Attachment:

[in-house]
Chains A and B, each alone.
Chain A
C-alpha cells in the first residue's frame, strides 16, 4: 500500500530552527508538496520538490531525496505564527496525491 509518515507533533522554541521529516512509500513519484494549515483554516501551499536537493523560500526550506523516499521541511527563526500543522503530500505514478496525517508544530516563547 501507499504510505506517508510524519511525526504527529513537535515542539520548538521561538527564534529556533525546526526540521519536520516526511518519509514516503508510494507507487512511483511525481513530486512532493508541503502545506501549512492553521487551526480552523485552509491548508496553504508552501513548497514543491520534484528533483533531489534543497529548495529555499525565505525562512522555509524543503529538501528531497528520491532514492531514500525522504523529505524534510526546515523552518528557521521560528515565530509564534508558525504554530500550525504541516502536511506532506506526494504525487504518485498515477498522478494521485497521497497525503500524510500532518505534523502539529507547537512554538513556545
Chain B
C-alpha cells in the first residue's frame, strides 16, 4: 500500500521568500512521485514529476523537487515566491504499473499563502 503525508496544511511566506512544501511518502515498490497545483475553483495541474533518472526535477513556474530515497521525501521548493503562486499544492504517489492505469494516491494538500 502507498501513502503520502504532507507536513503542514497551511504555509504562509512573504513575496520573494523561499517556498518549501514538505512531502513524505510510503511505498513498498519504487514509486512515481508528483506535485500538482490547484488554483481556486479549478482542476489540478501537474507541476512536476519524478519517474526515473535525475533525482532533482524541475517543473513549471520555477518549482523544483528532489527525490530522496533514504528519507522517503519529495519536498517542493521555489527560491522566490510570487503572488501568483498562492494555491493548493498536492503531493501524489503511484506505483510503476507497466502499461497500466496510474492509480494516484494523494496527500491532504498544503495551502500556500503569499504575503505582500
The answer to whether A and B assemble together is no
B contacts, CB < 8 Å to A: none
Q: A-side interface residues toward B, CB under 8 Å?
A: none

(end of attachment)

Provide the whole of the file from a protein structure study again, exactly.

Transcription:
[in-house]
Chains A and B, each alone.
Chain A
C-alpha cells in the first residue's frame, strides 16, 4: 500500500530552527508538496520538490531525496505564527496525491 509518515507533533522554541521529516512509500513519484494549515483554516501551499536537493523560500526550506523516499521541511527563526500543522503530500505514478496525517508544530516563547 501507499504510505506517508510524519511525526504527529513537535515542539520548538521561538527564534529556533525546526526540521519536520516526511518519509514516503508510494507507487512511483511525481513530486512532493508541503502545506501549512492553521487551526480552523485552509491548508496553504508552501513548497514543491520534484528533483533531489534543497529548495529555499525565505525562512522555509524543503529538501528531497528520491532514492531514500525522504523529505524534510526546515523552518528557521521560528515565530509564534508558525504554530500550525504541516502536511506532506506526494504525487504518485498515477498522478494521485497521497497525503500524510500532518505534523502539529507547537512554538513556545
Chain B
C-alpha cells in the first residue's frame, strides 16, 4: 500500500521568500512521485514529476523537487515566491504499473499563502 503525508496544511511566506512544501511518502515498490497545483475553483495541474533518472526535477513556474530515497521525501521548493503562486499544492504517489492505469494516491494538500 502507498501513502503520502504532507507536513503542514497551511504555509504562509512573504513575496520573494523561499517556498518549501514538505512531502513524505510510503511505498513498498519504487514509486512515481508528483506535485500538482490547484488554483481556486479549478482542476489540478501537474507541476512536476519524478519517474526515473535525475533525482532533482524541475517543473513549471520555477518549482523544483528532489527525490530522496533514504528519507522517503519529495519536498517542493521555489527560491522566490510570487503572488501568483498562492494555491493548493498536492503531493501524489503511484506505483510503476507497466502499461497500466496510474492509480494516484494523494496527500491532504498544503495551502500556500503569499504575503505582500
The answer to whether A and B assemble together is no
B contacts, CB < 8 Å to A: none
Q: A-side interface residues toward B, CB under 8 Å?
A: none